The Case for
the Wallabee

When the Clarks Wallabee was originally introduced in the early 1960s, the shoes were made in Kilkenny, Ireland at the Padmore & Barnes factory. From 1964 to 1987, Clarks maintained ownership of the factory, where they first invented the Wallabee's signature silhouette. Although both companies have since parted ways, there's a definite difference in the construction of today's Clarks Wallabees and the recently-resurrected Padmore & Barnes in-house line—where you can find the P204 shoes and chukka boots still honestly handcrafted in the same place they were born. While Wallabees are a polarizing style often associated with either the prep set or hip-hop culture and the Wu-Tang Clan, they're a comfortable and surprisingly versatile footwear choice. The slightly square toe and thick crepe sole can add just the right amount of contrast to a pair of jeans, chinos or military jacket. Plus with St. Patrick's day coming up, they're an ideal way to go Irish.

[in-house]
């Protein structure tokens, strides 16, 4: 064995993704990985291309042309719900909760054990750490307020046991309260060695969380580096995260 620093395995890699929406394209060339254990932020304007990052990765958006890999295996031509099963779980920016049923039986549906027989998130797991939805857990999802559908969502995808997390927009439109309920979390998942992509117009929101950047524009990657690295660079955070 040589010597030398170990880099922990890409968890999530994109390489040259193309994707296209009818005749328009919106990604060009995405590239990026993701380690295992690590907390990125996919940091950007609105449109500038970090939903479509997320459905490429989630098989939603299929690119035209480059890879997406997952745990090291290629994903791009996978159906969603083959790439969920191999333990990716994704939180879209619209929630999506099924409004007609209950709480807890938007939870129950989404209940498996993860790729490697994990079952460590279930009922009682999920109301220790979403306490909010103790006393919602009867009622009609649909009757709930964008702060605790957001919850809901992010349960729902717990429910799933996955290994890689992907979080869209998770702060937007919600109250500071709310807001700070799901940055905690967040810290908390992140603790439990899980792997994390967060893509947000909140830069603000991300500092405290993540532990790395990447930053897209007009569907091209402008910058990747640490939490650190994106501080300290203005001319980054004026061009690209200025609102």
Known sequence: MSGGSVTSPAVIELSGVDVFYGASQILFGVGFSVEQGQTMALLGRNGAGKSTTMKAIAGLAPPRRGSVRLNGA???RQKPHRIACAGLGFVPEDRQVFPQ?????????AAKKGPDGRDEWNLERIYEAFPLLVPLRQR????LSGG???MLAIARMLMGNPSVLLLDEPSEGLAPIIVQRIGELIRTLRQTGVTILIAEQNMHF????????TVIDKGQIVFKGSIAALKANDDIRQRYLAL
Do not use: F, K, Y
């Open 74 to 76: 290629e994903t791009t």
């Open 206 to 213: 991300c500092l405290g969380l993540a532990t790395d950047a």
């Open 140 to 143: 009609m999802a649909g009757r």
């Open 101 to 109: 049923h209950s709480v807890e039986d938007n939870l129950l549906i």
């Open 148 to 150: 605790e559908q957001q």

The number of shoes manufactured by hand each week at Padmore & Barnes' Kilkenny factory during its peak.

Published on

March 4, 2013

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